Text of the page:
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Q: is most of the body's immune function handled in or by the gut ( Answered 5 out of 5 stars,   1 Comment )
Subject: is most of the body's immune function handled in or by the gut
Category: Science > Biology
Asked by: cmscott-ga
List Price: $75.00
Posted: 25 Sep 2005 02:57 PDT
Expires: 25 Oct 2005 02:57 PDT
Question ID: 572294
Is there any scientific verification for the statement that most of
our immune function is found in our gut? Specifically, can it be said
? and verified ? that a particular (large) percentage of our immune
function is handled in (or by) the large and/or small intestine?

I will be grateful for as much detail in the answer to this question
as possible. But without reference to published information (i.e.
medical or scientific journals) the answer will be useless to me.

Request for Question Clarification by pafalafa-ga on 25 Sep 2005 05:26 PDT
There's no doubt that a substantial portion of our bodies' immune
function happens in the gut.  Putting a number on it, though, is
problemmatic for a number of reasons:

--what is and isn't part of the immune system isn't very clearly
defined.   For instance, some would consider the skin to part of the
immune system, while others focus mostly on the apecialized internal
cells and structures like T-cells and such.  Without an agreed-upon
notion of what comprises the immune system, it's hard to takl about
percentages of the system -- 10% located here, 25% there, etc.

--there are many components to the immune system, and there's a
tendency to look at them as individual sub-systems.

The closest I've come to an answer to your question is an
authoritative statement about lymphocytes, a major component of the
immune system.

About half the body's lymphocytes are associated with mucus-tissues,
the other half not.  Since I believe the gut is included in the
mucus-tissue group, then clearly less than half of the lymphocytes are
associated with the gut.

It makes sense that a good chunk of the immune system would operate in
our gut, since this is a pathway for ingested food, a major source of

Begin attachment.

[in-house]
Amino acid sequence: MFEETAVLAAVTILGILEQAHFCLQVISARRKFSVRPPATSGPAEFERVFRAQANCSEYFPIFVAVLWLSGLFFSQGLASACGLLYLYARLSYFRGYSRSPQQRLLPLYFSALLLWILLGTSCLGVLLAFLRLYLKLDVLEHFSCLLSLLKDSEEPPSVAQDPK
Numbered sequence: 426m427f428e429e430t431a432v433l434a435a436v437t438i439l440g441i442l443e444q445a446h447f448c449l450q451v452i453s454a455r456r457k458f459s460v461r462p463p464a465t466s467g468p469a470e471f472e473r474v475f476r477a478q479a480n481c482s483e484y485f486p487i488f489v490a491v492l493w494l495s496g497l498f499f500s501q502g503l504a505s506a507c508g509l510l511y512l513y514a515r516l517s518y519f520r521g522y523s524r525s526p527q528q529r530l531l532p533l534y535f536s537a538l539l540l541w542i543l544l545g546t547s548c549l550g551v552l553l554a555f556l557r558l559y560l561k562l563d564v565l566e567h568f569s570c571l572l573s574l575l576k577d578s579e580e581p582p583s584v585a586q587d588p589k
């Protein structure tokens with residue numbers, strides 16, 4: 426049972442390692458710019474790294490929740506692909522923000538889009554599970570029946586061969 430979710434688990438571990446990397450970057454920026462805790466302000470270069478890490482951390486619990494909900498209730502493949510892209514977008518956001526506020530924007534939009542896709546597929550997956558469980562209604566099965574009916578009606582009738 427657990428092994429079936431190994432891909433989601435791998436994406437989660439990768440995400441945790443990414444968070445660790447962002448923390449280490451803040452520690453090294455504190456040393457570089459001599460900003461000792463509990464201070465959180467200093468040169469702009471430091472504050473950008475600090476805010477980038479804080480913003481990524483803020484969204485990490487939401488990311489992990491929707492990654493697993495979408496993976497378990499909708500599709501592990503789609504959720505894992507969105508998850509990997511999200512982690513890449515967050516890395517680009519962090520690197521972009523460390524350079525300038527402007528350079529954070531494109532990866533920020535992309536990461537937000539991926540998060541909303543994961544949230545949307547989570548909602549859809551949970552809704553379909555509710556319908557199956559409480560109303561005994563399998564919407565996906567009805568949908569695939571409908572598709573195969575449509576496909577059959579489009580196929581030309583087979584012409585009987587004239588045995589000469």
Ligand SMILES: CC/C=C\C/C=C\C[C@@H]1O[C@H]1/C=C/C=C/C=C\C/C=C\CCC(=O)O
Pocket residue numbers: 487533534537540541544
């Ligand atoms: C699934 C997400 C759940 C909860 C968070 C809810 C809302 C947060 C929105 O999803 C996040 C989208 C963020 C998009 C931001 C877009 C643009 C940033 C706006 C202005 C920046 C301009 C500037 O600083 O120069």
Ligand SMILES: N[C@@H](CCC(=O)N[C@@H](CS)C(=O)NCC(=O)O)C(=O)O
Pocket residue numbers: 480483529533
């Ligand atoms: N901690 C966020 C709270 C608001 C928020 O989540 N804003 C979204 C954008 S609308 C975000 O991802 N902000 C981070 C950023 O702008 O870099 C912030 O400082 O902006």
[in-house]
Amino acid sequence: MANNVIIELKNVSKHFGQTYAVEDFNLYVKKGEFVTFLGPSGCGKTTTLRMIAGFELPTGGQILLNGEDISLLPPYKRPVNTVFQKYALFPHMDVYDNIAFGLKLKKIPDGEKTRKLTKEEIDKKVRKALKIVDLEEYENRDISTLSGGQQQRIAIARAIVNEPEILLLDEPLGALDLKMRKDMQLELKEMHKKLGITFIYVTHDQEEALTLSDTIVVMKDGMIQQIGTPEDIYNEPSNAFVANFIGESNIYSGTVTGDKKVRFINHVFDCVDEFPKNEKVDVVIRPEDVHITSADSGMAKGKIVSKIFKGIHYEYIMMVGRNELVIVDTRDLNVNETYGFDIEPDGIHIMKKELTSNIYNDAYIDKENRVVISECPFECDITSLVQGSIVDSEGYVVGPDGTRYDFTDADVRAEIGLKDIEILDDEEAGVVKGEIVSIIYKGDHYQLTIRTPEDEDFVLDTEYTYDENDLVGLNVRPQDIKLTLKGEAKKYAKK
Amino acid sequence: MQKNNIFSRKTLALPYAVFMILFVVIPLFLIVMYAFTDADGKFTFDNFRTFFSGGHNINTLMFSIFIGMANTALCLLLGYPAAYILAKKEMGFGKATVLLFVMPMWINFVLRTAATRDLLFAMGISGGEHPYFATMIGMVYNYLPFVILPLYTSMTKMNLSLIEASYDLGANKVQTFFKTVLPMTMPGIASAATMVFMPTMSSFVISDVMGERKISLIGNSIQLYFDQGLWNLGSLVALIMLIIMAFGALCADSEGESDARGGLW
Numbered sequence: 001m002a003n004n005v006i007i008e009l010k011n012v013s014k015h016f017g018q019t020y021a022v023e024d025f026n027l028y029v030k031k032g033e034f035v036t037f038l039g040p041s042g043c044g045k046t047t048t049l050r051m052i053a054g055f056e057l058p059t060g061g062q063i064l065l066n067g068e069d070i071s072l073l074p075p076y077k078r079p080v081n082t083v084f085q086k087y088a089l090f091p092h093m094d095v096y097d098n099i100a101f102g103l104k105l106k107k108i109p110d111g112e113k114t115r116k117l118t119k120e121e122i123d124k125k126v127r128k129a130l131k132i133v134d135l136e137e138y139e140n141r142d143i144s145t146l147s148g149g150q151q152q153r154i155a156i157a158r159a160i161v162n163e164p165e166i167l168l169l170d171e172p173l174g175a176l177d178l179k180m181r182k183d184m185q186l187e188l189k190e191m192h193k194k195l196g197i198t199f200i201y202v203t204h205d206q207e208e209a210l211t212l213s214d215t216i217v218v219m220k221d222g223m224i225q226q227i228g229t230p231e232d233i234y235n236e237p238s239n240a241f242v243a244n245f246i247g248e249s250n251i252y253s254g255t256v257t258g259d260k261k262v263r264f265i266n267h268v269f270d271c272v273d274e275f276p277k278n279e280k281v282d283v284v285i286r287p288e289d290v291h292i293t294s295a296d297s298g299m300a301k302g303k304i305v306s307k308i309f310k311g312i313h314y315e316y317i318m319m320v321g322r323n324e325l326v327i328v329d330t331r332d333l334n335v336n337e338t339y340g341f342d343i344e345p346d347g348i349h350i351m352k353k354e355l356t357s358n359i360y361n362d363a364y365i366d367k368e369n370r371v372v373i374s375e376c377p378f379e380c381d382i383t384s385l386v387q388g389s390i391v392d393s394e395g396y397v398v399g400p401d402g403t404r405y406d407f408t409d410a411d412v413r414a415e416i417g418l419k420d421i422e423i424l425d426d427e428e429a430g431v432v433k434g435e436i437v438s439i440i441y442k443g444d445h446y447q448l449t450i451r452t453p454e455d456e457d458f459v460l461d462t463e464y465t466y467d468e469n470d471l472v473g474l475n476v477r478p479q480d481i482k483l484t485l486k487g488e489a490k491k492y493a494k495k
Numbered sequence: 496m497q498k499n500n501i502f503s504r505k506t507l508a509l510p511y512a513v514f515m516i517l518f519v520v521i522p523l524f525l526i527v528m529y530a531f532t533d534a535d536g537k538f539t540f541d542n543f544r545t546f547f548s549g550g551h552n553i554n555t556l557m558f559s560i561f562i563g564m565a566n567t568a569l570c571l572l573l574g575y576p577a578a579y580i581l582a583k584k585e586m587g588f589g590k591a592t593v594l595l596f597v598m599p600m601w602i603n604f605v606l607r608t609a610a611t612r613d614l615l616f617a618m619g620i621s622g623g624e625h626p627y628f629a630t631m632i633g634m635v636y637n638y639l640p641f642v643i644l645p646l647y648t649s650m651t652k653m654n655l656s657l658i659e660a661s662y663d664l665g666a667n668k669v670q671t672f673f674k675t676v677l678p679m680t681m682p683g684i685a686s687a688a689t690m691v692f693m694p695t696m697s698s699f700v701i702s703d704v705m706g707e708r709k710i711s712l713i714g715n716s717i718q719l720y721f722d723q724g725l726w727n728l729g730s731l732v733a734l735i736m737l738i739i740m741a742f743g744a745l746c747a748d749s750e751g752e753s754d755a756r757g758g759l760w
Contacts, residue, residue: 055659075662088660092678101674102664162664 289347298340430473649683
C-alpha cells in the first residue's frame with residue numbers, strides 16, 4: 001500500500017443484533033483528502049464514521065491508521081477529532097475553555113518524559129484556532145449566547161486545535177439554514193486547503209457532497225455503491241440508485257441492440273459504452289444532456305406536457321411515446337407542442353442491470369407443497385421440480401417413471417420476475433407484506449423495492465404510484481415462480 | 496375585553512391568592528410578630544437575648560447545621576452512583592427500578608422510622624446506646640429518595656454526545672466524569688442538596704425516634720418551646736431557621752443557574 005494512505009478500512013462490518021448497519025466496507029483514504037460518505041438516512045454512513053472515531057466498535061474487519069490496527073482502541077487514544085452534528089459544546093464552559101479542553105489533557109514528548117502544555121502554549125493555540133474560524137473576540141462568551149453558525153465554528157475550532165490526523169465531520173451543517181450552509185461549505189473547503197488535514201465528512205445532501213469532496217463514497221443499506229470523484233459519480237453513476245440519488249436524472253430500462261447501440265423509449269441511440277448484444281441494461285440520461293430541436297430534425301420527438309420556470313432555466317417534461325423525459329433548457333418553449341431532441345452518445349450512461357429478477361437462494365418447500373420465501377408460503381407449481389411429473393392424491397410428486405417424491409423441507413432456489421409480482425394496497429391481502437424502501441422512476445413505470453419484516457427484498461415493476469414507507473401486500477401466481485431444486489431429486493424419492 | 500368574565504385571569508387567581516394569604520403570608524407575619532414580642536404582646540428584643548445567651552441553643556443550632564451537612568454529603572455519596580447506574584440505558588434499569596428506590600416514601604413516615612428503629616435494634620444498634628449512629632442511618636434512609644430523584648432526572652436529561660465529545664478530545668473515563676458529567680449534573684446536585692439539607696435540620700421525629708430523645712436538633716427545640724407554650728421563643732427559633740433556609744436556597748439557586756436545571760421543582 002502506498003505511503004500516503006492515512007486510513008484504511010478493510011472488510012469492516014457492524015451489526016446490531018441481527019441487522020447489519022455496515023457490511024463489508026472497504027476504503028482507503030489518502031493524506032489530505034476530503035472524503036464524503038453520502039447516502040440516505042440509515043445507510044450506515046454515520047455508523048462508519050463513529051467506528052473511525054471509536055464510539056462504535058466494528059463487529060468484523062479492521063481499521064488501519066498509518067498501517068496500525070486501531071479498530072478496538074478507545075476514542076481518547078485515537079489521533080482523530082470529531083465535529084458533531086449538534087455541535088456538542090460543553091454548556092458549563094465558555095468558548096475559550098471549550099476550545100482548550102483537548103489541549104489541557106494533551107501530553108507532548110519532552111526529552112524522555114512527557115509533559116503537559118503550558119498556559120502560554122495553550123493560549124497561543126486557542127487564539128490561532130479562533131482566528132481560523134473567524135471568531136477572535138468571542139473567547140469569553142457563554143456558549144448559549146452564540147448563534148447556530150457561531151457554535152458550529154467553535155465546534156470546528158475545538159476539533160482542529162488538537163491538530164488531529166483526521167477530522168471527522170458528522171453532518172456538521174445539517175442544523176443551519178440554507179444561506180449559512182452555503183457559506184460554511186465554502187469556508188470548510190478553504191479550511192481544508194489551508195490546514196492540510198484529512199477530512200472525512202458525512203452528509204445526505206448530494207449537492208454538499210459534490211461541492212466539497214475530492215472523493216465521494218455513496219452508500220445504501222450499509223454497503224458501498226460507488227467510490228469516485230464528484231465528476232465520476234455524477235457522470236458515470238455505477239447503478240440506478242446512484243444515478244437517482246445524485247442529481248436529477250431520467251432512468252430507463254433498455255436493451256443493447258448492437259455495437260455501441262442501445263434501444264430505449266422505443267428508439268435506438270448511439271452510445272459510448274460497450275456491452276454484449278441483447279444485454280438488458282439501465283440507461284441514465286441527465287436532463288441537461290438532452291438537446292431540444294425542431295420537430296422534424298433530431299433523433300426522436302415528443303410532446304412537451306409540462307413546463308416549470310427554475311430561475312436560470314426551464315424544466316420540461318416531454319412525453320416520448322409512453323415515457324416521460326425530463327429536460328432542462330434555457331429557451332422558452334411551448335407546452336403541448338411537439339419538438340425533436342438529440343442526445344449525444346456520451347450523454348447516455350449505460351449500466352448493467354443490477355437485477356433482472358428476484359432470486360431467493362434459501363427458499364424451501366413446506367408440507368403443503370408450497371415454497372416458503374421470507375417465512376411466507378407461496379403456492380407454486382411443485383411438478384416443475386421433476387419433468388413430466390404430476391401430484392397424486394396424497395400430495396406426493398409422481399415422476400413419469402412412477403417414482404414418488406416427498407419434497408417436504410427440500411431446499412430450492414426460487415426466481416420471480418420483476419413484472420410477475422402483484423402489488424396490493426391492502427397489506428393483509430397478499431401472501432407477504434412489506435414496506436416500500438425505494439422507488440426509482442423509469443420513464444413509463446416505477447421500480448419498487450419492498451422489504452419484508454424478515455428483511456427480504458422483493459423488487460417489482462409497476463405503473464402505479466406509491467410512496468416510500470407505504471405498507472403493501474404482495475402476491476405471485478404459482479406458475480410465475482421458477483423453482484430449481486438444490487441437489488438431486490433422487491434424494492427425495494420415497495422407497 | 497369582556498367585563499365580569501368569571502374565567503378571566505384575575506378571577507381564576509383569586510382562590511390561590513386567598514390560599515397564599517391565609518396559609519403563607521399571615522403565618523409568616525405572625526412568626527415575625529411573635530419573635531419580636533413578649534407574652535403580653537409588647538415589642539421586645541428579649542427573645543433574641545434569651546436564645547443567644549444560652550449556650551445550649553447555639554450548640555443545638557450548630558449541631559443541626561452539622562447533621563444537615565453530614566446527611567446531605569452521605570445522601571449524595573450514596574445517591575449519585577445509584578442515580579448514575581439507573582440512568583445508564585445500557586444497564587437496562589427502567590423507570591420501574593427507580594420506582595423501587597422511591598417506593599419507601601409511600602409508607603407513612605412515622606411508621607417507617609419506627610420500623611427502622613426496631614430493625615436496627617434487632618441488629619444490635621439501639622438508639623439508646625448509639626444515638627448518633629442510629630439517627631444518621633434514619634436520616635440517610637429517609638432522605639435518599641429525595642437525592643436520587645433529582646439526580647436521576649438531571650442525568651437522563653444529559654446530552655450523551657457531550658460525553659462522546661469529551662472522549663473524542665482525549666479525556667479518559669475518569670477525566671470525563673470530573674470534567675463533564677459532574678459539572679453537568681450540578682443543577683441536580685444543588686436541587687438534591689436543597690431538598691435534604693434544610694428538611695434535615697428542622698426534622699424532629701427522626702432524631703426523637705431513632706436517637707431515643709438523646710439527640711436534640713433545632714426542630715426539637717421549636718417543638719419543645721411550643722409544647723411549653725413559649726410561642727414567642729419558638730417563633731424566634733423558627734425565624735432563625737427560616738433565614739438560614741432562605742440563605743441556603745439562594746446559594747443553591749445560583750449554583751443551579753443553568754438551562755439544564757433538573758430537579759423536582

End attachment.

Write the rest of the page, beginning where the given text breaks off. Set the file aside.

intake of foreign matter into the body.

On the other hand, we also need a large capability in our respiratory
system, and throughout the blood and body as well.  So saying that
'most' of the immune system is found in the gut just doesn't ring true
to me.  And the meager facts that I could uncover about the
lymphocytes seem to bear this out.

Can you tell us a bit more about your interest in this particular
topic of the gut vs rest of the body?  Where did you come across
statements attributing most of our immune function to the gut?

A bit more context might help in pinpointing an answer to your question.



Clarification of Question by cmscott-ga on 25 Sep 2005 06:24 PDT
I'm working from the perspective of multiple sclerosis, an auto-immune
disease with SYMPTOMS expressed through attacks on the myelon coating
of the nerves. But the disease itself is a grave disorder of the
immune system/immune responce; my belief (and experience) is that
healing the immune system, reversing the damage done to it --
something which can, indeed, be done -- is how the disease 'MS' is
best dealt with.

You may know about 'leaky gut' -- excess permiability of the
intestinal wall which allows undigested food (and other) particles out
of the gut and into the body. In it's turn, leaky gut creates allergy
reactions which create inflamation which creates, and/or, sets up
and/or, inflames auto-immune response. This response can be any of a
number of auto-immune diseases: lupus, rheumatoid arthritus, etc. It
can also be a form of cancer, but I won't get into that.

When leaky gut is healed, when a proper diet is strictly maintained
(there are three excellent diets to stop MS progression) and when body
toxicity is cleaned up, MS is... possibly cured. It will anyway
absolutely be stopped.

The statement that most of the immune system is located in the gut can
be casually found in many books dealing with dietary healing. The
casualness is why I don't trust it... and yet, it makes sense to me in